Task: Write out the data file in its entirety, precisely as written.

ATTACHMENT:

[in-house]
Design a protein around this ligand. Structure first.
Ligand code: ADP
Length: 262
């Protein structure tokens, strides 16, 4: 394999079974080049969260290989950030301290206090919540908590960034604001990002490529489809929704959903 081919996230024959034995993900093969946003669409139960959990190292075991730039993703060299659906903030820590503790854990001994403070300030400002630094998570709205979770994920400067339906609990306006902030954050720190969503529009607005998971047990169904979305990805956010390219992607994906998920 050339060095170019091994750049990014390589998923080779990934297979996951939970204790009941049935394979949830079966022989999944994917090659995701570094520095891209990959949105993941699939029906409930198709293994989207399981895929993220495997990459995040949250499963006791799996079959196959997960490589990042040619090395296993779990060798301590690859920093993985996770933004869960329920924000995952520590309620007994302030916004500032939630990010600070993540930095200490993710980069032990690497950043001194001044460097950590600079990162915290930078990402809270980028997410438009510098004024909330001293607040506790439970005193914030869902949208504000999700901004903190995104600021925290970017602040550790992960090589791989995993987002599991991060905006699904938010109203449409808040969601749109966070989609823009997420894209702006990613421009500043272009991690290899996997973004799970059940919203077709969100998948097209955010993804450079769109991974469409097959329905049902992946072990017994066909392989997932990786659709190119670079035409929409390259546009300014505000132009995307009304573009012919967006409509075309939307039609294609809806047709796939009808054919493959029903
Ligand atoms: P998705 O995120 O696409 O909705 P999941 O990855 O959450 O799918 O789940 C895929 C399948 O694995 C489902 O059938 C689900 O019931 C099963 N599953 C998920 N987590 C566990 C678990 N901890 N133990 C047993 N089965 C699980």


[in-house]
Design a protein around this ligand. Structure first.
Ligand code: ADP
Length: 262
């Protein structure tokens, strides 16, 4: 394999079974080049969260290989950030301290206090919540908590960034604001990002490529489809929704959903 081919996230024959034995993900093969946003669409139960959990190292075991730039993703060299659906903030820590503790854990001994403070300030400002630094998570709205979770994920400067339906609990306006902030954050720190969503529009607005998971047990169904979305990805956010390219992607994906998920 050339060095170019091994750049990014390589998923080779990934297979996951939970204790009941049935394979949830079966022989999944994917090659995701570094520095891209990959949105993941699939029906409930198709293994989207399981895929993220495997990459995040949250499963006791799996079959196959997960490589990042040619090395296993779990060798301590690859920093993985996770933004869960329920924000995952520590309620007994302030916004500032939630990010600070993540930095200490993710980069032990690497950043001194001044460097950590600079990162915290930078990402809270980028997410438009510098004024909330001293607040506790439970005193914030869902949208504000999700901004903190995104600021925290970017602040550790992960090589791989995993987002599991991060905006699904938010109203449409808040969601749109966070989609823009997420894209702006990613421009500043272009991690290899996997973004799970059940919203077709969100998948097209955010993804450079769109991974469409097959329905049902992946072990017994066909392989997932990786659709190119670079035409929409390259546009300014505000132009995307009304573009012919967006409509075309939307039609294609809806047709796939009808054919493959029903
Ligand atoms: P998705 O995120 O696409 O909705 P999941 O990855 O959450 O799918 O789940 C895929 C399948 O694995 C489902 O059938 C689900 O019931 C099963 N599953 C998920 N987590 C566990 C678990 N901890 N133990 C047993 N089965 C699980």